The people who think they are made of glass

The “glass delusion” is an extraordinary psychiatric phenomenon in which people believe themselves to be made of glass and thus liable to shatter. It peaked centuries ago but there are still isolated cases today, writes Victoria Shepherd.
The late medieval French King Charles VI was one of the most notable sufferers of glass delusion. He was reported to have wrapped himself in blankets to prevent his buttocks from breaking.
Instances of the delusion cropped up in medical encyclopaedias from across Europe. There were references in fiction – most notably Cervantes’ short story The Glass Graduate of 1613, in which the hero is poisoned by a quince intended as an aphrodisiac but which instead triggers a glass delusion.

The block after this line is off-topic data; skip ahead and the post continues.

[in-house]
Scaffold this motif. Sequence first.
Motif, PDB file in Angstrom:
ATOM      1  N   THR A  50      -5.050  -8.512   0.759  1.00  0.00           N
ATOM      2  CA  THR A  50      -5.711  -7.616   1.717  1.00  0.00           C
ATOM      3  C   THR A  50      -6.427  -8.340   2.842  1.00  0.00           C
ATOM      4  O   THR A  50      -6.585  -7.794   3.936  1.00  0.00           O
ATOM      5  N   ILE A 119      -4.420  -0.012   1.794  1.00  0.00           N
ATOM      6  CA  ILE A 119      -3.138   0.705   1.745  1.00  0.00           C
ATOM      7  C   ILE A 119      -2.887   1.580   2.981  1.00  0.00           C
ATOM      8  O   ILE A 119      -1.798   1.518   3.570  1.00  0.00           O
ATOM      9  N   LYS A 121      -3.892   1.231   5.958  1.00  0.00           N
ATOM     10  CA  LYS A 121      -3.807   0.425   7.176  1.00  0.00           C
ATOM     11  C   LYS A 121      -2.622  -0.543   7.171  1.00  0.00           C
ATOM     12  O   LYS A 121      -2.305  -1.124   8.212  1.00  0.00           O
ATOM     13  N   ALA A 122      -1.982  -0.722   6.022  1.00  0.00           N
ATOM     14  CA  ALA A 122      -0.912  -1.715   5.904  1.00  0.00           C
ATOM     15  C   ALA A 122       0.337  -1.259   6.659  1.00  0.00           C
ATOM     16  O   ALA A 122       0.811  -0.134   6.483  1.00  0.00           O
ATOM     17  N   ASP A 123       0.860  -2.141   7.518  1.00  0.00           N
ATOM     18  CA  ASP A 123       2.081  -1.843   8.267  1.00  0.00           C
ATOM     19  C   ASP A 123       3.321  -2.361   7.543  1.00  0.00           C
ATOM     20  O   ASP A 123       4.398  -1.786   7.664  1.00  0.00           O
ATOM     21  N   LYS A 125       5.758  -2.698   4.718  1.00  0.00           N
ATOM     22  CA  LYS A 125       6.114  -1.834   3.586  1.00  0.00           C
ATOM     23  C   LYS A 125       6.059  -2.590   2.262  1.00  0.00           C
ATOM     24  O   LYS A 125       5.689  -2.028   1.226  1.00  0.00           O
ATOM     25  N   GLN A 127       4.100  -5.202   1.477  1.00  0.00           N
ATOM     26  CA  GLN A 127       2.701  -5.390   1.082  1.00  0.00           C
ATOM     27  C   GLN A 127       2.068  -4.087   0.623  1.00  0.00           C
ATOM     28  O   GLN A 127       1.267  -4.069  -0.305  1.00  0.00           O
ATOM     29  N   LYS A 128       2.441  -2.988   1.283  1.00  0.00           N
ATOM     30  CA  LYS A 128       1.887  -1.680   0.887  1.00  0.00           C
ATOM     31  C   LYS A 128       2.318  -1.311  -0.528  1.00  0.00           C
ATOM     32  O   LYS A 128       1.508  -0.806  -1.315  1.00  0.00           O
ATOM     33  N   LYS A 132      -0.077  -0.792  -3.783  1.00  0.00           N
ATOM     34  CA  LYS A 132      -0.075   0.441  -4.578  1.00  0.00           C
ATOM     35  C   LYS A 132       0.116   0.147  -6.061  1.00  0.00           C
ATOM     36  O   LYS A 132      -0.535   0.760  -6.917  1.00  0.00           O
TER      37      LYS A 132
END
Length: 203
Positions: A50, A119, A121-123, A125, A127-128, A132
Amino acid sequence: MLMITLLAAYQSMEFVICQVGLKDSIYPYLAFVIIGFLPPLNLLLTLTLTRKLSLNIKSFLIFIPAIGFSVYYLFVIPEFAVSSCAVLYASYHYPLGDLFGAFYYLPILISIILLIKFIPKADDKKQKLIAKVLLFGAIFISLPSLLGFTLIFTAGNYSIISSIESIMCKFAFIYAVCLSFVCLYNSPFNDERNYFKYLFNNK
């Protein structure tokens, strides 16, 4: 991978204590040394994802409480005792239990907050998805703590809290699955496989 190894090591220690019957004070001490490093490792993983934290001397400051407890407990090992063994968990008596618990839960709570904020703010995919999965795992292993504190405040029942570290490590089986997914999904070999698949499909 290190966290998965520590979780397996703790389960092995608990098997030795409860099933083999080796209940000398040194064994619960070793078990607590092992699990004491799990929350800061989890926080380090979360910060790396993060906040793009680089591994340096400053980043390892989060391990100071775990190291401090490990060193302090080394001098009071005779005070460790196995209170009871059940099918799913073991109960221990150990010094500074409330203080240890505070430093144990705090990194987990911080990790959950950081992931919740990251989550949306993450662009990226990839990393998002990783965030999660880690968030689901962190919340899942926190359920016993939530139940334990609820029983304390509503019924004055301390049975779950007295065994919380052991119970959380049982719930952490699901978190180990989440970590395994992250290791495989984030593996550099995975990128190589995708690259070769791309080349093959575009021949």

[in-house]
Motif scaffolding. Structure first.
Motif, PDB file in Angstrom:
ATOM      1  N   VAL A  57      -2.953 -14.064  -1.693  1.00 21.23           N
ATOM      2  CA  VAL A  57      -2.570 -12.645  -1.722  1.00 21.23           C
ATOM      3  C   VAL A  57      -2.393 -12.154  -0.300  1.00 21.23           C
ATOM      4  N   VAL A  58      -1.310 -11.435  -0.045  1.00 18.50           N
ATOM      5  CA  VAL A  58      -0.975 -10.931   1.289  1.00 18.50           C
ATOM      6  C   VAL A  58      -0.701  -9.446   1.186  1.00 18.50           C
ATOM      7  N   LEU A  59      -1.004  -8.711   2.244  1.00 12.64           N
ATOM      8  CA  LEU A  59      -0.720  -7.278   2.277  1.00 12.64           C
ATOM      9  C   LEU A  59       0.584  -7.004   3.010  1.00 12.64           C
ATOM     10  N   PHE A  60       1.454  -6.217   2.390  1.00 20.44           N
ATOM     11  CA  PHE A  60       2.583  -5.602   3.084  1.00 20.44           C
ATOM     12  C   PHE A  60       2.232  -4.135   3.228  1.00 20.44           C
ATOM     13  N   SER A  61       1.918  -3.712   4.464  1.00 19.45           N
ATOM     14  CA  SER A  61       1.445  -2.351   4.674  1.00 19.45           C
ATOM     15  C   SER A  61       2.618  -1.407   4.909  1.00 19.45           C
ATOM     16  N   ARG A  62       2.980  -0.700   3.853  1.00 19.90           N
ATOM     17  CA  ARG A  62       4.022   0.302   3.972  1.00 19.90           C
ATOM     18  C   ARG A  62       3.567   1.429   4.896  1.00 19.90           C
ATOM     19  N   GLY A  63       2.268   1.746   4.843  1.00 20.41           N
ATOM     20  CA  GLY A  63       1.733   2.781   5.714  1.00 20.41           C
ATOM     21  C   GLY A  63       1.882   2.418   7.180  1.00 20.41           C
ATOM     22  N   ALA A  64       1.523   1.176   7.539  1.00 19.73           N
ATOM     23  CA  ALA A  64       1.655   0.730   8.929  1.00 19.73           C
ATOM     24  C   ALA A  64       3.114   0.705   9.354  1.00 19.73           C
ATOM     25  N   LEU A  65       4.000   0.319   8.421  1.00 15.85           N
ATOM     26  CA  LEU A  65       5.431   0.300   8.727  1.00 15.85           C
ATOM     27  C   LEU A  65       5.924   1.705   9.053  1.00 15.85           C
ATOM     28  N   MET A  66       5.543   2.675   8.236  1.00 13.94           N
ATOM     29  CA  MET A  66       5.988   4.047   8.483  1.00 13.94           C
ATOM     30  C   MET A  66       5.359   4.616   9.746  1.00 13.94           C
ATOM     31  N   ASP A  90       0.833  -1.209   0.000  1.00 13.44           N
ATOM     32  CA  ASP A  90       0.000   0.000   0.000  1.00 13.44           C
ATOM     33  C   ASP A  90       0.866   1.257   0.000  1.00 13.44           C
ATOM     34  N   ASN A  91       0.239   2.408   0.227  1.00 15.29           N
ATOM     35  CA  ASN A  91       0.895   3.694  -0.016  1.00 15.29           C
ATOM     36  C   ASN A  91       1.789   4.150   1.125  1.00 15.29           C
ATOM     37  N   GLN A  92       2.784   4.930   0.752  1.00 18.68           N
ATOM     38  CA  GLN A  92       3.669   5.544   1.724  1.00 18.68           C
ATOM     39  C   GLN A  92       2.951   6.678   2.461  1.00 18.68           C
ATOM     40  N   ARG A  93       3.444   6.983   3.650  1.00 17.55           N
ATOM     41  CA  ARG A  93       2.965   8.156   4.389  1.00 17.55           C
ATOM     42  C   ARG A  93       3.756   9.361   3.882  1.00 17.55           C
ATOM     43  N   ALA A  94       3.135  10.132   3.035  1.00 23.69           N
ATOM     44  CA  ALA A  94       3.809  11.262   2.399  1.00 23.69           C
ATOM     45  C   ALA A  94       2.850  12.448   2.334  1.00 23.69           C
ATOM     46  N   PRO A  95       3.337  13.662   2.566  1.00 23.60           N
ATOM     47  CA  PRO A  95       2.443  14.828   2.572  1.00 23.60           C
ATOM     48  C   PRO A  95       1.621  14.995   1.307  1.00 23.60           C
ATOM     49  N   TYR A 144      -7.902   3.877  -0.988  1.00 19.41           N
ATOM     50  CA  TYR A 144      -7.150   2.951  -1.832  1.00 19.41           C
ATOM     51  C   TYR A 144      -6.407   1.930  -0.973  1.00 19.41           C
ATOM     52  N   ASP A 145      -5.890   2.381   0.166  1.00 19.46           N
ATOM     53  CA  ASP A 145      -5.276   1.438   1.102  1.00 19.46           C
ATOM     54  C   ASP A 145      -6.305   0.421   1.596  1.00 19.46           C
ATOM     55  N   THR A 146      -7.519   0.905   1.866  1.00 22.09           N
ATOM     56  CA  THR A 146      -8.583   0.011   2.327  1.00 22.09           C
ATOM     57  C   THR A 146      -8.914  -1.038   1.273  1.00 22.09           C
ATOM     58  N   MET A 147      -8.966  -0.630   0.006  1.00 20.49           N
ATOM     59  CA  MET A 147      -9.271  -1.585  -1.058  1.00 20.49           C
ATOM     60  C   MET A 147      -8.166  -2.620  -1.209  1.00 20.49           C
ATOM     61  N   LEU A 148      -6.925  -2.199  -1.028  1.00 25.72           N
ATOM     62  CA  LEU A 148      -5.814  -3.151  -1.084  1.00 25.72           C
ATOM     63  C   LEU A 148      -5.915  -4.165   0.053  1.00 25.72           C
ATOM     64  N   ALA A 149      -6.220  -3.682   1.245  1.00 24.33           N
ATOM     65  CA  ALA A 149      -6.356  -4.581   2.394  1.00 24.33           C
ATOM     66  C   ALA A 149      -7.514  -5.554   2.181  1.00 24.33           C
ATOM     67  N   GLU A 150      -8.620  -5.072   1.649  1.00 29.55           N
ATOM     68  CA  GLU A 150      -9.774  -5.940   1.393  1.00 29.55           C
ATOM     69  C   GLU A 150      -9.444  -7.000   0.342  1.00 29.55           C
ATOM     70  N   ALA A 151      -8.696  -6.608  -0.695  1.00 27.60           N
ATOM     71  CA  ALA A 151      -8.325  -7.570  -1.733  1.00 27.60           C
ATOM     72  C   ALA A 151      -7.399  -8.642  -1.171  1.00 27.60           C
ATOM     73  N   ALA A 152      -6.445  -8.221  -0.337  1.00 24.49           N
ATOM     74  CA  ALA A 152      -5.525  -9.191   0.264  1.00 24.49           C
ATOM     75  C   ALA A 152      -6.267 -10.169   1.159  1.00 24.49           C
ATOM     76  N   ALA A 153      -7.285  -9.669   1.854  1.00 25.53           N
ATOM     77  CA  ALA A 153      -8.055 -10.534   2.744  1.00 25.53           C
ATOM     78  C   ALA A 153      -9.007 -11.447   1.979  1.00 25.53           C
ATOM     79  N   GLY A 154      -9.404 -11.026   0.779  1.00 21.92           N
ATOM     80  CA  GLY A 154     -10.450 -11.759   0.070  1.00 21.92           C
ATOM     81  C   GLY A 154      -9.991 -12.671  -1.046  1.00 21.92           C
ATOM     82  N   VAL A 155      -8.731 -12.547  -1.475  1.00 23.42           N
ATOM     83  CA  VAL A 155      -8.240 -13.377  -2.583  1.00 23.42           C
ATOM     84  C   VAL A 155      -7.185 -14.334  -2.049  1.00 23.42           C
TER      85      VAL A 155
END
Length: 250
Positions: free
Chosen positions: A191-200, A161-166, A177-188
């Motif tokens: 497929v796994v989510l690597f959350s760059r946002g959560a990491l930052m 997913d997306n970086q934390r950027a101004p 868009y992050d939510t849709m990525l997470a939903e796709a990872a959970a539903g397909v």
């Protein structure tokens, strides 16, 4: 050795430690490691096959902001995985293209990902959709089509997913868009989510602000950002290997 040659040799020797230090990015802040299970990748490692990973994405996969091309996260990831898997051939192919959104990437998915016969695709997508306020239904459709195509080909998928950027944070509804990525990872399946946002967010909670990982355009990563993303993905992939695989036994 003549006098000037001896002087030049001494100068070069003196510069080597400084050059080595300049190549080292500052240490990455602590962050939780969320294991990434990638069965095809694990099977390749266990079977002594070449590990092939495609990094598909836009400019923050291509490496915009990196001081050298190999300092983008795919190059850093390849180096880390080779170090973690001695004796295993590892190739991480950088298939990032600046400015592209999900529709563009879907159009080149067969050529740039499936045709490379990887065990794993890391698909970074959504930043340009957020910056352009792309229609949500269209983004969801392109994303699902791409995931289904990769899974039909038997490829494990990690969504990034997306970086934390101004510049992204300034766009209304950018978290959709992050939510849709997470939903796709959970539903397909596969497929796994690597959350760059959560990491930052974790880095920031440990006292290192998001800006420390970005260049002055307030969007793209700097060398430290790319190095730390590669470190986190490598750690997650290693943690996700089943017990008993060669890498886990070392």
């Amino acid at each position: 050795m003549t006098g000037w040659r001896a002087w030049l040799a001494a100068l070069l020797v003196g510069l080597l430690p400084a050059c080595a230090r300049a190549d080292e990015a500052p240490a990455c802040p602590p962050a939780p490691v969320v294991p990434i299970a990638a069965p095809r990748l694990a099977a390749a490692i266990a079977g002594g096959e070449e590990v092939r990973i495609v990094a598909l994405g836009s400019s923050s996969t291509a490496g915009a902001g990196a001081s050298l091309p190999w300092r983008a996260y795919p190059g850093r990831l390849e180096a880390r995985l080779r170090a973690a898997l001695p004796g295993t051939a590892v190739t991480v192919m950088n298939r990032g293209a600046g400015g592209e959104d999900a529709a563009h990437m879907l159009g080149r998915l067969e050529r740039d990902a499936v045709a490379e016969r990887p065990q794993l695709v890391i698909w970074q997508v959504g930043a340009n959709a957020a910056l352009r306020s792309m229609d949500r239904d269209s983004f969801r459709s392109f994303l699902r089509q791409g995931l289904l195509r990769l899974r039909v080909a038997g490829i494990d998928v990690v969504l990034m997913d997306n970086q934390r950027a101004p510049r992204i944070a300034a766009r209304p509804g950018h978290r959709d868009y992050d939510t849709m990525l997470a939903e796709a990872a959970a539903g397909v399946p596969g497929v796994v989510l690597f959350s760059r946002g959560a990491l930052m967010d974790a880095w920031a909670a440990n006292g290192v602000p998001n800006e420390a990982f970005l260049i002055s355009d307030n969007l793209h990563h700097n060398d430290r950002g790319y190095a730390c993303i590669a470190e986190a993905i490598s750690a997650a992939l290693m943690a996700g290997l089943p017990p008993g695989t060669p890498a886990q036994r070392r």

Sufferers were seen to be normal in all ways bar the belief that they had turned to glass, and so could function, albeit anxious that other people shouldn’t come too close and risk shattering fragile limbs.

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